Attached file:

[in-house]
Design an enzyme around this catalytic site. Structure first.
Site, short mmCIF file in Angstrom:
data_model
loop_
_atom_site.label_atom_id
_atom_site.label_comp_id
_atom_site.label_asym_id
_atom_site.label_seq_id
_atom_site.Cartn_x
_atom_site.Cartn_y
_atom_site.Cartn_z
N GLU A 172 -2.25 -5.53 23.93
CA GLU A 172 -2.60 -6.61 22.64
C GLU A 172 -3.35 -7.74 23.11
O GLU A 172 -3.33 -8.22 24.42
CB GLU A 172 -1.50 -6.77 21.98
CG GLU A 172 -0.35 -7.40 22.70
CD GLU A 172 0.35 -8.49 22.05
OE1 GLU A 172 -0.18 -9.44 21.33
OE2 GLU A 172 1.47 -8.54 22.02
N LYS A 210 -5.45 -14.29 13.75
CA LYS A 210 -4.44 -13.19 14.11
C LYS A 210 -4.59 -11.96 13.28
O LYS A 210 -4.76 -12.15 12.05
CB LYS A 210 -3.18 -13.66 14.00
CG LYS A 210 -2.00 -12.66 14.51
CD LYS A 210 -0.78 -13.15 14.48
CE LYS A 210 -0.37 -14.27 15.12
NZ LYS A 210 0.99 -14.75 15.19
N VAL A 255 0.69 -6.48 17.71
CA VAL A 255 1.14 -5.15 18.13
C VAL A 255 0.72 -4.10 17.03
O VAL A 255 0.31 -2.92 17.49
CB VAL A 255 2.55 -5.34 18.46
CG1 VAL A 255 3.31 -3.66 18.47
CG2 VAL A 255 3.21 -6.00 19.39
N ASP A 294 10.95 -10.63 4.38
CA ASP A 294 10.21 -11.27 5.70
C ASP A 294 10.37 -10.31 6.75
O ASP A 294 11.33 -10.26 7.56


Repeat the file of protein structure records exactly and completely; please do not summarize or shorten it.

[in-house]
Design an enzyme around this catalytic site. Structure first.
Site, short mmCIF file in Angstrom:
data_model
loop_
_atom_site.label_atom_id
_atom_site.label_comp_id
_atom_site.label_asym_id
_atom_site.label_seq_id
_atom_site.Cartn_x
_atom_site.Cartn_y
_atom_site.Cartn_z
N GLU A 172 -2.25 -5.53 23.93
CA GLU A 172 -2.60 -6.61 22.64
C GLU A 172 -3.35 -7.74 23.11
O GLU A 172 -3.33 -8.22 24.42
CB GLU A 172 -1.50 -6.77 21.98
CG GLU A 172 -0.35 -7.40 22.70
CD GLU A 172 0.35 -8.49 22.05
OE1 GLU A 172 -0.18 -9.44 21.33
OE2 GLU A 172 1.47 -8.54 22.02
N LYS A 210 -5.45 -14.29 13.75
CA LYS A 210 -4.44 -13.19 14.11
C LYS A 210 -4.59 -11.96 13.28
O LYS A 210 -4.76 -12.15 12.05
CB LYS A 210 -3.18 -13.66 14.00
CG LYS A 210 -2.00 -12.66 14.51
CD LYS A 210 -0.78 -13.15 14.48
CE LYS A 210 -0.37 -14.27 15.12
NZ LYS A 210 0.99 -14.75 15.19
N VAL A 255 0.69 -6.48 17.71
CA VAL A 255 1.14 -5.15 18.13
C VAL A 255 0.72 -4.10 17.03
O VAL A 255 0.31 -2.92 17.49
CB VAL A 255 2.55 -5.34 18.46
CG1 VAL A 255 3.31 -3.66 18.47
CG2 VAL A 255 3.21 -6.00 19.39
N ASP A 294 10.95 -10.63 4.38
CA ASP A 294 10.21 -11.27 5.70
C ASP A 294 10.37 -10.31 6.75
O ASP A 294 11.33 -10.26 7.56